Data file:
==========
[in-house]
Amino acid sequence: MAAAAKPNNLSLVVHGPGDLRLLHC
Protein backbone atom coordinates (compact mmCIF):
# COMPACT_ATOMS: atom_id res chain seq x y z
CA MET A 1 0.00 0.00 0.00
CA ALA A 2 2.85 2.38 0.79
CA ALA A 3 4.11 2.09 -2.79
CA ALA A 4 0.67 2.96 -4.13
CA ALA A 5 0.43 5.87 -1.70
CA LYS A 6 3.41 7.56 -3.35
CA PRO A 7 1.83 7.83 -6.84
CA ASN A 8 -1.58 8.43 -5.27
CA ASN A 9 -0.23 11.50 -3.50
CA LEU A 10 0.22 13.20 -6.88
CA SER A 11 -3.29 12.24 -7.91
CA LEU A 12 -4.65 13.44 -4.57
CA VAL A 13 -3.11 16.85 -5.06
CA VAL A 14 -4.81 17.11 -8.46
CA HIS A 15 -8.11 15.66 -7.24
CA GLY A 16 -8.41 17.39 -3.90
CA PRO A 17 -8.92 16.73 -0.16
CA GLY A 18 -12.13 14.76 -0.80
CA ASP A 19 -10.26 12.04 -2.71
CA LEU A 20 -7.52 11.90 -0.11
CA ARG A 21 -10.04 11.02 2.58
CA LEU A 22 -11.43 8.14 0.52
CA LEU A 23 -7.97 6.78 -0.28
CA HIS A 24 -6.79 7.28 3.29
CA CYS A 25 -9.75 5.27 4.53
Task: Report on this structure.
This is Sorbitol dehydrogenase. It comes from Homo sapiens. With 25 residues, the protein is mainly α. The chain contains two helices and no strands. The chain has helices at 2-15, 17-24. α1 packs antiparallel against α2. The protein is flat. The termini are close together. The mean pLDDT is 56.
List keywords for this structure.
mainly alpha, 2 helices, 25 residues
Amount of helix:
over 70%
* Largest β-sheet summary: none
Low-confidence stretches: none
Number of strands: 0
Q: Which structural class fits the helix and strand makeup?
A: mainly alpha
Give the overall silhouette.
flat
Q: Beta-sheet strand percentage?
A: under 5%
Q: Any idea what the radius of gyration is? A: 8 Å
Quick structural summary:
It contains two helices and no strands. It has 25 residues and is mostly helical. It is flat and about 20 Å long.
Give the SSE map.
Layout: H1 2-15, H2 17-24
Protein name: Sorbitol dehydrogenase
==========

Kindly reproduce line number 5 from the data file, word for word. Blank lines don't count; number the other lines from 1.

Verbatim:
CA MET A 1 0.00 0.00 0.00